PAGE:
EU Nations Agree to Freeze Hamas Assets

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The European Union (search) will declare all wings of the militant Palestinian group Hamas (search) a terrorist organization and freeze its assets after dozens of deadly attacks in Israel, the bloc's foreign ministers said Saturday.

The EU previously had blacklisted only the group's military arm, Hamas Izzedine al Qassam. But — taking a cue from Washington — it agreed Saturday to block funding to Hamas political offshoots, fund-raising charities and social welfare groups, after a suicide bus bombing last month that killed 22 people.

President Bush froze the U.S. assets of five European-based organizations in response to the Aug. 19 bombing, claiming they raised money for Hamas.

Hamas and the smaller Islamic Jihad (search) militant group both claimed responsibility for the blast, one of the deadliest Palestinian attacks in the past three years of fighting.

Officials at the EU head office will meet Monday to discuss details of the blacklisting, which requires the freezing of Hamas assets. They were expected to make the decision formal in coming weeks.

EU foreign ministers ending a two-day meeting on Lake Garda in the Italian Alps also reacted with dismay Saturday to Palestinian Prime Minister Mahmoud Abbas' decision to submit his resignation. Abbas offered to resign following a long power struggle with Palestinian President Yasser Arafat.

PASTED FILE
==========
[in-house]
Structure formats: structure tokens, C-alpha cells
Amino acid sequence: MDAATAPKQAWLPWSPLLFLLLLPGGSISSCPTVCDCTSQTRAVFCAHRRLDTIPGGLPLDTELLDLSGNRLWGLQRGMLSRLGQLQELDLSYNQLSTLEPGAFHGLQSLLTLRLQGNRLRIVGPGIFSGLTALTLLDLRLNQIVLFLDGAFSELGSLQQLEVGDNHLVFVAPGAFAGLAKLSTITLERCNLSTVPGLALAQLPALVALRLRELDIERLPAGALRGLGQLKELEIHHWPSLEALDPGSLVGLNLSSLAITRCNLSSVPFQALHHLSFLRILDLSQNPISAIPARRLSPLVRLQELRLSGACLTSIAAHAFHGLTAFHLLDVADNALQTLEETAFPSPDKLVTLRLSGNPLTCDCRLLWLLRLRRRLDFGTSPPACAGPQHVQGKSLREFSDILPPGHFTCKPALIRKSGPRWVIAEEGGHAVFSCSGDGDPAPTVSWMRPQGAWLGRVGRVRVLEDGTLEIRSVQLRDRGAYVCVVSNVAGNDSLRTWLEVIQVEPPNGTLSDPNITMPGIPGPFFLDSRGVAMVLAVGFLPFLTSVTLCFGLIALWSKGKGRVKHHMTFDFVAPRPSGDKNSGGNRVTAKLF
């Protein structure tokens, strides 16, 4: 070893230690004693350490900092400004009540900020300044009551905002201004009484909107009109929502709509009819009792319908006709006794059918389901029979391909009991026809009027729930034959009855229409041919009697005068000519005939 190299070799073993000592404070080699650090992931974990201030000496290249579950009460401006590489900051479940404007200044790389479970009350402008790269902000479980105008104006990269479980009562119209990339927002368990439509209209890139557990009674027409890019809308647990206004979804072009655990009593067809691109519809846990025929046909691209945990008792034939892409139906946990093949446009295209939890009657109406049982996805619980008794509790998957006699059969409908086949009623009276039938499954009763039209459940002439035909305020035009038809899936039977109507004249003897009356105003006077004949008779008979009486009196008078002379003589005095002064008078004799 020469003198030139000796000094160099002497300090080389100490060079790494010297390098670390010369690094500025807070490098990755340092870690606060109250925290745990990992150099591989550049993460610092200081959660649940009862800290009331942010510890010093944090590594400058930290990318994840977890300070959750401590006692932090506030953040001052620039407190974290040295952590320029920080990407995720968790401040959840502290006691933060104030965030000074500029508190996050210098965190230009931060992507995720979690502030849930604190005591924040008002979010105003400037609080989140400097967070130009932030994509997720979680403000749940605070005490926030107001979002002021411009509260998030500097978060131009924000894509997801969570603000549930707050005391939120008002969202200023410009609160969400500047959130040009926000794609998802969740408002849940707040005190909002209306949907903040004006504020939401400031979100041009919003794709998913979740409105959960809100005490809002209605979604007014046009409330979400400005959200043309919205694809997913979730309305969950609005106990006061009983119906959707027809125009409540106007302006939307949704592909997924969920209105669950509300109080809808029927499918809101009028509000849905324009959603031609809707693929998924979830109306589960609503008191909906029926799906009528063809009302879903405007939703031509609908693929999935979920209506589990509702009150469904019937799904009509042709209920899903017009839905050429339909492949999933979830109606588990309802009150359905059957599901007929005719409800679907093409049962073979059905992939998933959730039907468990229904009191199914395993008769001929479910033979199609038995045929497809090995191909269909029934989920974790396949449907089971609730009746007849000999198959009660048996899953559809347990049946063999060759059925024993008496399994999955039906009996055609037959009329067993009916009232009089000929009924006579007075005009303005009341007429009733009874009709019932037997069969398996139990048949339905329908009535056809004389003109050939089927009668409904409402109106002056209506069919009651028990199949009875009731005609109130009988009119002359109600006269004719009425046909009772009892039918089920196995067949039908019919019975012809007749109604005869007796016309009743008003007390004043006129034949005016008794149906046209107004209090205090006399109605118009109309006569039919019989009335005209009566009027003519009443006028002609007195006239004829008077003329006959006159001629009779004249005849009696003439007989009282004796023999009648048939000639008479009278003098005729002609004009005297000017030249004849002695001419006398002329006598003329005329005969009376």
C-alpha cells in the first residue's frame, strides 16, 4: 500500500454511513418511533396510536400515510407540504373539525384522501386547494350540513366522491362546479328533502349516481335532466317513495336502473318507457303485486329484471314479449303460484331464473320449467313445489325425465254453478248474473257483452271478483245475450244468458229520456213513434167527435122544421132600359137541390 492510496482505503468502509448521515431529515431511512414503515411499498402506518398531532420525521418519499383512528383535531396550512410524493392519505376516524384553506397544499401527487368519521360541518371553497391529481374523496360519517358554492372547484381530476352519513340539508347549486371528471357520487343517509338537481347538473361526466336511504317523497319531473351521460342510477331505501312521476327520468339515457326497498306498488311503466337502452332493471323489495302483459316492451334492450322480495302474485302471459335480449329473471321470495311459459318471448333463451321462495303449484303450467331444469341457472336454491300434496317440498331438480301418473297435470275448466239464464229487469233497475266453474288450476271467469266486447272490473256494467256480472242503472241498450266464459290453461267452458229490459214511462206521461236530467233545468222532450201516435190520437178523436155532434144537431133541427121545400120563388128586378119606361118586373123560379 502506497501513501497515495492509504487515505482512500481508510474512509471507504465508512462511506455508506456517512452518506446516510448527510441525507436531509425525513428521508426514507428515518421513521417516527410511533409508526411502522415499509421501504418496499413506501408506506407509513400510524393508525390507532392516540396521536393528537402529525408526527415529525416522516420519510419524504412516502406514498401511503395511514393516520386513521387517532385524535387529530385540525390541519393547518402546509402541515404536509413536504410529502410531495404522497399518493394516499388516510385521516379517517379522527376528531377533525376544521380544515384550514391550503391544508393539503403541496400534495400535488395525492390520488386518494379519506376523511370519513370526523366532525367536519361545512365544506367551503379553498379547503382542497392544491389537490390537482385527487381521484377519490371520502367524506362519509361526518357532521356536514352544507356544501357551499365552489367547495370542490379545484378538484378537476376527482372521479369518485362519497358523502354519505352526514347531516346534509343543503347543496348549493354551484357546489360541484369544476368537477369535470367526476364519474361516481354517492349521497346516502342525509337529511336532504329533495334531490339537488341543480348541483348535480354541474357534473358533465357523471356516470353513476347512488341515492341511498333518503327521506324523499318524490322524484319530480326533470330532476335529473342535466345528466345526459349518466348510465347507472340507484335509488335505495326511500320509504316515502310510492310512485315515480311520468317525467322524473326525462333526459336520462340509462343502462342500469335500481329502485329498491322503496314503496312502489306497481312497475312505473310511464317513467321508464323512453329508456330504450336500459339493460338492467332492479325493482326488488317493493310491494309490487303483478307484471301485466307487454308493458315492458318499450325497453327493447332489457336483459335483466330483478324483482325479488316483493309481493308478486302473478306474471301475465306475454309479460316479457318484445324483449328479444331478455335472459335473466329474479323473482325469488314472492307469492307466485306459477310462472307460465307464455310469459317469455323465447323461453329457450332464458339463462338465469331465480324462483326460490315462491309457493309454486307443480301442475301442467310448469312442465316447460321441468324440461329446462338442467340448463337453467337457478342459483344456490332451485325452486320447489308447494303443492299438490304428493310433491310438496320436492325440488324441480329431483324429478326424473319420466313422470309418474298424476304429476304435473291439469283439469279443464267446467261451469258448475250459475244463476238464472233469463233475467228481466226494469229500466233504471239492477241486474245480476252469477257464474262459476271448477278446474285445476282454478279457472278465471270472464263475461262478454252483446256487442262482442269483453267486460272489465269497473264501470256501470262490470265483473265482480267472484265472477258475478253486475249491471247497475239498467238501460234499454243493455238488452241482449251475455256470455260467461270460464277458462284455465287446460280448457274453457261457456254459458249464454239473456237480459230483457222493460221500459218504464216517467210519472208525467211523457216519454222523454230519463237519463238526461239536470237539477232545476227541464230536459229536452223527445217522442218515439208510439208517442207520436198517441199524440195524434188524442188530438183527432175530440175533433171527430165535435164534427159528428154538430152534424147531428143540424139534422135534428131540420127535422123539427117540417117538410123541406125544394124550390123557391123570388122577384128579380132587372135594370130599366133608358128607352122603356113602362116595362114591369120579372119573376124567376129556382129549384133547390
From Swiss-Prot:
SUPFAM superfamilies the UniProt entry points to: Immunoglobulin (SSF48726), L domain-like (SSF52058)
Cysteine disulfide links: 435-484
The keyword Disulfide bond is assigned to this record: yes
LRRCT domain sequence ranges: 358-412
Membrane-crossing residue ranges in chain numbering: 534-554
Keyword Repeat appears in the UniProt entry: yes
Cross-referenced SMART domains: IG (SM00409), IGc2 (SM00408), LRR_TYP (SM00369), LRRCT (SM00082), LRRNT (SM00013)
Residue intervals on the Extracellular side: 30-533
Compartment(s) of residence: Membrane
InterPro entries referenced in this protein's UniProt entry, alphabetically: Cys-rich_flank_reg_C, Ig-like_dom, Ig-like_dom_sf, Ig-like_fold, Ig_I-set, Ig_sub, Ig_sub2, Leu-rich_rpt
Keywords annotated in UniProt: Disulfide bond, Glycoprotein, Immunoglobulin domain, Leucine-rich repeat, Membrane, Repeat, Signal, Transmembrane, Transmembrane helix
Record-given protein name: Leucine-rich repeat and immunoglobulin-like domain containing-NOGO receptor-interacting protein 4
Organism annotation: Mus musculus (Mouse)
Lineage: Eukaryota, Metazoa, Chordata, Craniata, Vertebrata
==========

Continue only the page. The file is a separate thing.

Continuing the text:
French Foreign Minister Dominique de Villepin said Israel and the Palestinians must remain committed to the "road map" peace plan backed by the EU, the United States, Russia and the United Nations. That peace plan envisions the creation of a Palestinian state by 2005.

British Foreign Secretary Jack Straw called Abbas's resignation "a further difficulty" for Mideast peace. "It is a huge tragedy that the Palestinians should be so divided."

EU foreign affairs chief Javier Solana left for the region for talks with Palestinian and Israeli officials in hopes of averting further violence and insecurity.

Swedish Foreign Minister Anna Lindh spoke of "another big setback for the whole peace process in the Middle East."

The EU decision to blacklist all of Hamas reflected the growing sense in European capitals that it is a single organization, not a cluster of groups and activists working independently.

France long opposed a tougher stance on Hamas, saying it was wary of cutting off avenues of negotiation with Palestinians and hurting the group's social services for Palestinians. Enforcement of an assets freeze or a ban on suspected Hamas offshoots would be a "voluntary" decision for individual EU nations, de Villepin said.

One of the five European-based organizations that had its assets frozen by Washington was the Paris-based Committee for Charity and Aid for the Palestinians. De Villepin has said French investigators found nothing wrong with the group's work.

Also Saturday, a few thousand anti-globalization activists marched peacefully through Riva del Garda, waving peace flags and banners as they demonstrated against EU trade and foreign policies and the World Trade Organization.

A small group of demonstrators spray-painted anti-WTO slogans on a gas station.